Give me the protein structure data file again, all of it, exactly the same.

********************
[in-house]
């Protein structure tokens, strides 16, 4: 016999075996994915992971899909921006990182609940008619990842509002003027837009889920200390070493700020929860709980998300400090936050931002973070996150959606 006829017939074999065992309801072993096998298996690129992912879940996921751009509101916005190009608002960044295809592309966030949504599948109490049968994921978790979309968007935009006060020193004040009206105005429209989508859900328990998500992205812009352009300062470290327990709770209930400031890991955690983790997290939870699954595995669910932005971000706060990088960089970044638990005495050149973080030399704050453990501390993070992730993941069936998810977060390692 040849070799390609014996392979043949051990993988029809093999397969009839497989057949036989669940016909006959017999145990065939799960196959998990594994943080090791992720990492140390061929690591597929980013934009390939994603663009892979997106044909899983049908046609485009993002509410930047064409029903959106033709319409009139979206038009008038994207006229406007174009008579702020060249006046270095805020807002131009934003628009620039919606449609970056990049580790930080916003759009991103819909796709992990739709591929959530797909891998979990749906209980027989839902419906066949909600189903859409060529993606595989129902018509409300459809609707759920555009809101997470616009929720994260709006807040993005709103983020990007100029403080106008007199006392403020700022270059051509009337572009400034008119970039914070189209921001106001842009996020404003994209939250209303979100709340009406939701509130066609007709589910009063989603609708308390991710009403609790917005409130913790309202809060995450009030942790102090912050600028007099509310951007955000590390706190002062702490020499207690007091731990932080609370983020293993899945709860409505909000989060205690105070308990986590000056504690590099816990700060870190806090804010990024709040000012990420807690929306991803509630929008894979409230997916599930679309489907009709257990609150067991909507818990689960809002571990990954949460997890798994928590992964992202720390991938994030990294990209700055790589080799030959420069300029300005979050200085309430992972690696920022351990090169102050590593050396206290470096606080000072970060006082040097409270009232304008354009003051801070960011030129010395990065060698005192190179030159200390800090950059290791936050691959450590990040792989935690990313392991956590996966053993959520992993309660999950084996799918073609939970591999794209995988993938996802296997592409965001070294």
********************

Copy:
[in-house]
């Protein structure tokens, strides 16, 4: 016999075996994915992971899909921006990182609940008619990842509002003027837009889920200390070493700020929860709980998300400090936050931002973070996150959606 006829017939074999065992309801072993096998298996690129992912879940996921751009509101916005190009608002960044295809592309966030949504599948109490049968994921978790979309968007935009006060020193004040009206105005429209989508859900328990998500992205812009352009300062470290327990709770209930400031890991955690983790997290939870699954595995669910932005971000706060990088960089970044638990005495050149973080030399704050453990501390993070992730993941069936998810977060390692 040849070799390609014996392979043949051990993988029809093999397969009839497989057949036989669940016909006959017999145990065939799960196959998990594994943080090791992720990492140390061929690591597929980013934009390939994603663009892979997106044909899983049908046609485009993002509410930047064409029903959106033709319409009139979206038009008038994207006229406007174009008579702020060249006046270095805020807002131009934003628009620039919606449609970056990049580790930080916003759009991103819909796709992990739709591929959530797909891998979990749906209980027989839902419906066949909600189903859409060529993606595989129902018509409300459809609707759920555009809101997470616009929720994260709006807040993005709103983020990007100029403080106008007199006392403020700022270059051509009337572009400034008119970039914070189209921001106001842009996020404003994209939250209303979100709340009406939701509130066609007709589910009063989603609708308390991710009403609790917005409130913790309202809060995450009030942790102090912050600028007099509310951007955000590390706190002062702490020499207690007091731990932080609370983020293993899945709860409505909000989060205690105070308990986590000056504690590099816990700060870190806090804010990024709040000012990420807690929306991803509630929008894979409230997916599930679309489907009709257990609150067991909507818990689960809002571990990954949460997890798994928590992964992202720390991938994030990294990209700055790589080799030959420069300029300005979050200085309430992972690696920022351990090169102050590593050396206290470096606080000072970060006082040097409270009232304008354009003051801070960011030129010395990065060698005192190179030159200390800090950059290791936050691959450590990040792989935690990313392991956590996966053993959520992993309660999950084996799918073609939970591999794209995988993938996802296997592409965001070294």